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Opiate hypothesis in infantile autism?

Therapeutic trials with naltrexone

Naltrexone has been tested in several open studies. We performed an open trial with naltrexone in 2 autistic girls, displaying serious self-injurious behavior, reduced crying and a marked preference for salty and spicy foods, symptoms that could be related to a dysfunction of the opioid system. With dosages of 1 mg/kg/day, we observed an immediate reduction of hyperactivity, self-injurious behavior and aggressiveness, while attention improved. In addition, social behaviors, smiling, social seeking behaviors and play interactions increased (Leboyer, Bouvard et Dugas, 1988). Campbell et al. (1988) has also reported a tranquilizing and a stimulating effect in 6 out of 8 children with autism. We did confirm these preliminary results in a double-blind study performed on 4 children with autism.

Have you heard of this?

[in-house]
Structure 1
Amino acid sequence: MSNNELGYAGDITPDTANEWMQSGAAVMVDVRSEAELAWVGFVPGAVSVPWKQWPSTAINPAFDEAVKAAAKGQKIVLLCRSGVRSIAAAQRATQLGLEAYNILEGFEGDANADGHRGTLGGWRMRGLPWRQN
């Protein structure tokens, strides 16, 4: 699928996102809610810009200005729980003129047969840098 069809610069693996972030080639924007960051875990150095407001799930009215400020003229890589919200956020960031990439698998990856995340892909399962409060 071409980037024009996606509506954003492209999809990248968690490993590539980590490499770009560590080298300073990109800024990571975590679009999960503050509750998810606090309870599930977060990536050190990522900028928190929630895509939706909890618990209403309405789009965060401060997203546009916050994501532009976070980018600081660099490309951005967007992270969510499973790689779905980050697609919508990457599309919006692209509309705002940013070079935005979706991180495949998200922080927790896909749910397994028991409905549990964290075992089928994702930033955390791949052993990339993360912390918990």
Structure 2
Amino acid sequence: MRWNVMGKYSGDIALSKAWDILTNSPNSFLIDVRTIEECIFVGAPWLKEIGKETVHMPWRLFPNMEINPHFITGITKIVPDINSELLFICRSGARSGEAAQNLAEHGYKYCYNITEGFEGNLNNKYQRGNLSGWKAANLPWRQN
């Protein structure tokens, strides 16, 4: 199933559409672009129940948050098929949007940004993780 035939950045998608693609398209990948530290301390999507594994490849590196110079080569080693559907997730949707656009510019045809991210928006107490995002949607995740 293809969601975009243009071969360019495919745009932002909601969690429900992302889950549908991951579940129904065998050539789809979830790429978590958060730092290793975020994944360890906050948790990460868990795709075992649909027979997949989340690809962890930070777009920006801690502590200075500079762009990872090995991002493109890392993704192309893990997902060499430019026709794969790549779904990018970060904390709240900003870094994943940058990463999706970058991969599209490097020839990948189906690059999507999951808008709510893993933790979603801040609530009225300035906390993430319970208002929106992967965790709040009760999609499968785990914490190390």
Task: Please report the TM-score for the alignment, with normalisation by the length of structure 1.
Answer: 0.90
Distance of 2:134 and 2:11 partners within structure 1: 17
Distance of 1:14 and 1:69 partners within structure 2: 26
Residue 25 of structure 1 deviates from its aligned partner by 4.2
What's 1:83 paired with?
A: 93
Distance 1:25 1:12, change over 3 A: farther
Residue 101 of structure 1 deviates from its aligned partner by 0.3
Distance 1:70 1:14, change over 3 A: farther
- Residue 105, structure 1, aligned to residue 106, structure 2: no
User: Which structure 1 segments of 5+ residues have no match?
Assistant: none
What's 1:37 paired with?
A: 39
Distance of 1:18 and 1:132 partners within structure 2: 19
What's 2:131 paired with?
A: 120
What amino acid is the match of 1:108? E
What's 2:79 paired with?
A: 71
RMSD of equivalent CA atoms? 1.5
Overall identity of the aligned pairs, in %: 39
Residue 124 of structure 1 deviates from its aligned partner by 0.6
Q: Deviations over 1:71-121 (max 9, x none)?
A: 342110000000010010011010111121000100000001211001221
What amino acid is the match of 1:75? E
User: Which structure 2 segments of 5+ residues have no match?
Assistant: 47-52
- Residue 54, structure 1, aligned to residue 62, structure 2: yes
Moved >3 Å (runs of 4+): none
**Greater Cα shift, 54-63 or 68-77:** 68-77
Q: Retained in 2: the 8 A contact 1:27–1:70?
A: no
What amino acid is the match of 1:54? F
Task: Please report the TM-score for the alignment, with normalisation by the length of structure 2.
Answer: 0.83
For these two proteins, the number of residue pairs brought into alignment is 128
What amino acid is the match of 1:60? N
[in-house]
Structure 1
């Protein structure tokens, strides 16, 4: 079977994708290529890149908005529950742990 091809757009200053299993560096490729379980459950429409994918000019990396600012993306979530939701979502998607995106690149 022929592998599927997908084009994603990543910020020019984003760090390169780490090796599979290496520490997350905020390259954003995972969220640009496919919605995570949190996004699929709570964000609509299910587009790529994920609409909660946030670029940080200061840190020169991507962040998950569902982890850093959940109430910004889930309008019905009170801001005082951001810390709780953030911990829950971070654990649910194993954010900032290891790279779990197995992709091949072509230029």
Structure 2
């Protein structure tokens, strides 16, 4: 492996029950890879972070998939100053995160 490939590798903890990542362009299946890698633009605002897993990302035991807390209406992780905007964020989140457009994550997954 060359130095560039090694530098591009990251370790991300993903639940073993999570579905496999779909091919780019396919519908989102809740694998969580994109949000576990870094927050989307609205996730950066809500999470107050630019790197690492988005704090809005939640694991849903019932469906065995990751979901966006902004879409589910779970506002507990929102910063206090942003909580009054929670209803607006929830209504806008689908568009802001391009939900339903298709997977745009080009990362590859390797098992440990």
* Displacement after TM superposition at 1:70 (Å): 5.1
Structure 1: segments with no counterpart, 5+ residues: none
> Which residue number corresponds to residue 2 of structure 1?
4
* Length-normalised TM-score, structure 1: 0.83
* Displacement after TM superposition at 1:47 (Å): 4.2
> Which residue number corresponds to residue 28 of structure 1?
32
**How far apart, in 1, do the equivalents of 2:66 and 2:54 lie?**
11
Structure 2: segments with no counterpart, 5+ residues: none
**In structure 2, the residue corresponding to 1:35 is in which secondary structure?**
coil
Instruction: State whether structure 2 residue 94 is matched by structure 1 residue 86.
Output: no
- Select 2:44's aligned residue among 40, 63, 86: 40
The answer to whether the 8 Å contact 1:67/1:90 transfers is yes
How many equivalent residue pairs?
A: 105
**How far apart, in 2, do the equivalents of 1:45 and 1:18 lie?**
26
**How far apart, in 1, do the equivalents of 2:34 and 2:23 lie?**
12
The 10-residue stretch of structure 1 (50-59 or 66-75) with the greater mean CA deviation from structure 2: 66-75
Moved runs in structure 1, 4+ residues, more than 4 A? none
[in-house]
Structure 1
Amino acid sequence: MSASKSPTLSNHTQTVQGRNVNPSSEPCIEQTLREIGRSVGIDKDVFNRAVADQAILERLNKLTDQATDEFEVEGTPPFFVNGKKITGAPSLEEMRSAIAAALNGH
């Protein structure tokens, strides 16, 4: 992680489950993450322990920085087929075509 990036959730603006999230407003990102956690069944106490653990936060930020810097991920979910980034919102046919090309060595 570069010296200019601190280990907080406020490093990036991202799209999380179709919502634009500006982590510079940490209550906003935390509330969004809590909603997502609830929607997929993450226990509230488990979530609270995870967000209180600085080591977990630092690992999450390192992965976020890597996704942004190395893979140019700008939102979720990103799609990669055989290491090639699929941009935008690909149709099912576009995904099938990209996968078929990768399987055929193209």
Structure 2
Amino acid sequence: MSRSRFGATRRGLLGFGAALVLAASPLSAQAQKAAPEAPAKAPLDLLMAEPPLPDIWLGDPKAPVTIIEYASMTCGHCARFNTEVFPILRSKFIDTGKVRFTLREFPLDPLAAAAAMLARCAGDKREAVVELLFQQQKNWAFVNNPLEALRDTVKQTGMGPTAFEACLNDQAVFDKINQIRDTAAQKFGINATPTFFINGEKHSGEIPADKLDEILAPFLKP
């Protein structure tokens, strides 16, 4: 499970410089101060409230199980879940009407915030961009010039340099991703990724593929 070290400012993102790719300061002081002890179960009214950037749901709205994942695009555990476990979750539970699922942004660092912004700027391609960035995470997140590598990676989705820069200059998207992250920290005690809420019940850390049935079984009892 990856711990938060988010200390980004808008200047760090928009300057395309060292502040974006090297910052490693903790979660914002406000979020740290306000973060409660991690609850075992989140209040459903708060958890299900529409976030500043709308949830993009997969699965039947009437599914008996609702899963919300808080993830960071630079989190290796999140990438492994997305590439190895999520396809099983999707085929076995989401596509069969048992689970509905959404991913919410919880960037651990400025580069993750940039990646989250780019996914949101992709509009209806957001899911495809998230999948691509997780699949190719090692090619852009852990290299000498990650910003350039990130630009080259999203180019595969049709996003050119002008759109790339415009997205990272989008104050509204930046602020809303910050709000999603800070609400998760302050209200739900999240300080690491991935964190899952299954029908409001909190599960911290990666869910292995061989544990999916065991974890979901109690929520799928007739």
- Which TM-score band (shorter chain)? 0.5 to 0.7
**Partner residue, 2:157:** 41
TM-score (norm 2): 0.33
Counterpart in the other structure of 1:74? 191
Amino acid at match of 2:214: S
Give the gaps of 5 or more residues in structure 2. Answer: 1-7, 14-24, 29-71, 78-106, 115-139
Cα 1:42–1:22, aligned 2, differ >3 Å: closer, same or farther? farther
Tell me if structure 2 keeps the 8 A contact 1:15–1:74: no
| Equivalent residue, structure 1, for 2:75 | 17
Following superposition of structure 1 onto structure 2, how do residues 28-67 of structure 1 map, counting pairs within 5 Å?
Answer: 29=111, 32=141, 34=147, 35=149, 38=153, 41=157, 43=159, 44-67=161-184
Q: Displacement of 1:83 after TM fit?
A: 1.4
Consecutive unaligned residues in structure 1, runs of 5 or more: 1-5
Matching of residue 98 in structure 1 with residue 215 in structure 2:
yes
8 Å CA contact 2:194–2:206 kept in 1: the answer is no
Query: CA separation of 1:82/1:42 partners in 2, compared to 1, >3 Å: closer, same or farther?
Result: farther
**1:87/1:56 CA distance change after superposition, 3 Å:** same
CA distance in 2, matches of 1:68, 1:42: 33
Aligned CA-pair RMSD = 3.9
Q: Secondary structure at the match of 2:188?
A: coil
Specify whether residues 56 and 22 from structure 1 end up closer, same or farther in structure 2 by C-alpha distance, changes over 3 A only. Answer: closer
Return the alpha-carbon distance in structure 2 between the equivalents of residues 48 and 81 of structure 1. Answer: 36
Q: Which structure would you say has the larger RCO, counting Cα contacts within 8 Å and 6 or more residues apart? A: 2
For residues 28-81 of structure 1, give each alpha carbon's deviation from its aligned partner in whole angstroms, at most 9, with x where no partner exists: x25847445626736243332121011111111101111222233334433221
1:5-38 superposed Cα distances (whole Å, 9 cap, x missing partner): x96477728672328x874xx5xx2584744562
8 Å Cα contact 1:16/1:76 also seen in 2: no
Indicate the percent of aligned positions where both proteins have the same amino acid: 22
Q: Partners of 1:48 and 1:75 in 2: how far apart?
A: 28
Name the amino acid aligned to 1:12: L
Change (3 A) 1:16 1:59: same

Asked by Anonymous at 4:13 AM on May. 27, 2009 in Kids' Health

This question is closed.
Answers (3)
  • Yes, I read about that years ago when my son was first diagnosed and thought it very interesting, if kind of "out there". I mean, since we know that it is the gluten & casein proteins that trigger the opiod process in these children, why use a drug to treat the symptoms when you can just eliminate the problem at its source by following the GFCF Diet? To be honest, I haven't ever heard of anyone actually doing a trial with or regularly using the Naltrexone to treat their child's symptoms of autism, but I do know many families that follow the GFCF Diet with the same or better results as those reported in the study you mention.

    Answer by mom2aspclboy at 11:03 AM on May. 27, 2009

  • Nope, but seeing the study was on such a small group I wouldn't believe it too much. The study just isn't large enough to know if the treatment really worked.

    Answer by tyfry7496 at 11:54 AM on May. 27, 2009

  • Nope. But it was too small of a sample and too long ago that it wouldn't hold water in the scientific community anyway. (based on the little bit you posted)

    You can't say that because it worked in two girls, it will work in the entire population of the United States (let alone the world), nor can it be inferred on boys.

    Answer by Anonymous at 1:00 PM on May. 27, 2009